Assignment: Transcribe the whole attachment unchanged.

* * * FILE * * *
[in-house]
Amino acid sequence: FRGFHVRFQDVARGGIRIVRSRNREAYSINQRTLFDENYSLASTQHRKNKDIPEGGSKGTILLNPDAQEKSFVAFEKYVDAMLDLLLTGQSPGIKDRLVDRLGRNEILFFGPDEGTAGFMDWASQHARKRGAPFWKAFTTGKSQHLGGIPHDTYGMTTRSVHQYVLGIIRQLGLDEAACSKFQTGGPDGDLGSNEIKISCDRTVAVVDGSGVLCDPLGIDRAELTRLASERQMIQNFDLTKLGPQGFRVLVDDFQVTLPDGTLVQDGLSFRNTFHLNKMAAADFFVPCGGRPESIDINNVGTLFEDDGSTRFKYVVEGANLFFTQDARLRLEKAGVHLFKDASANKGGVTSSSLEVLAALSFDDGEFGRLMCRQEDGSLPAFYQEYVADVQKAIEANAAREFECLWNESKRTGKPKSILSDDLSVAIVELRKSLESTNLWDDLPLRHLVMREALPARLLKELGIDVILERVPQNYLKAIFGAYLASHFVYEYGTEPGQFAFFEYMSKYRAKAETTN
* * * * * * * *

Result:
[in-house]
Amino acid sequence: FRGFHVRFQDVARGGIRIVRSRNREAYSINQRTLFDENYSLASTQHRKNKDIPEGGSKGTILLNPDAQEKSFVAFEKYVDAMLDLLLTGQSPGIKDRLVDRLGRNEILFFGPDEGTAGFMDWASQHARKRGAPFWKAFTTGKSQHLGGIPHDTYGMTTRSVHQYVLGIIRQLGLDEAACSKFQTGGPDGDLGSNEIKISCDRTVAVVDGSGVLCDPLGIDRAELTRLASERQMIQNFDLTKLGPQGFRVLVDDFQVTLPDGTLVQDGLSFRNTFHLNKMAAADFFVPCGGRPESIDINNVGTLFEDDGSTRFKYVVEGANLFFTQDARLRLEKAGVHLFKDASANKGGVTSSSLEVLAALSFDDGEFGRLMCRQEDGSLPAFYQEYVADVQKAIEANAAREFECLWNESKRTGKPKSILSDDLSVAIVELRKSLESTNLWDDLPLRHLVMREALPARLLKELGIDVILERVPQNYLKAIFGAYLASHFVYEYGTEPGQFAFFEYMSKYRAKAETTN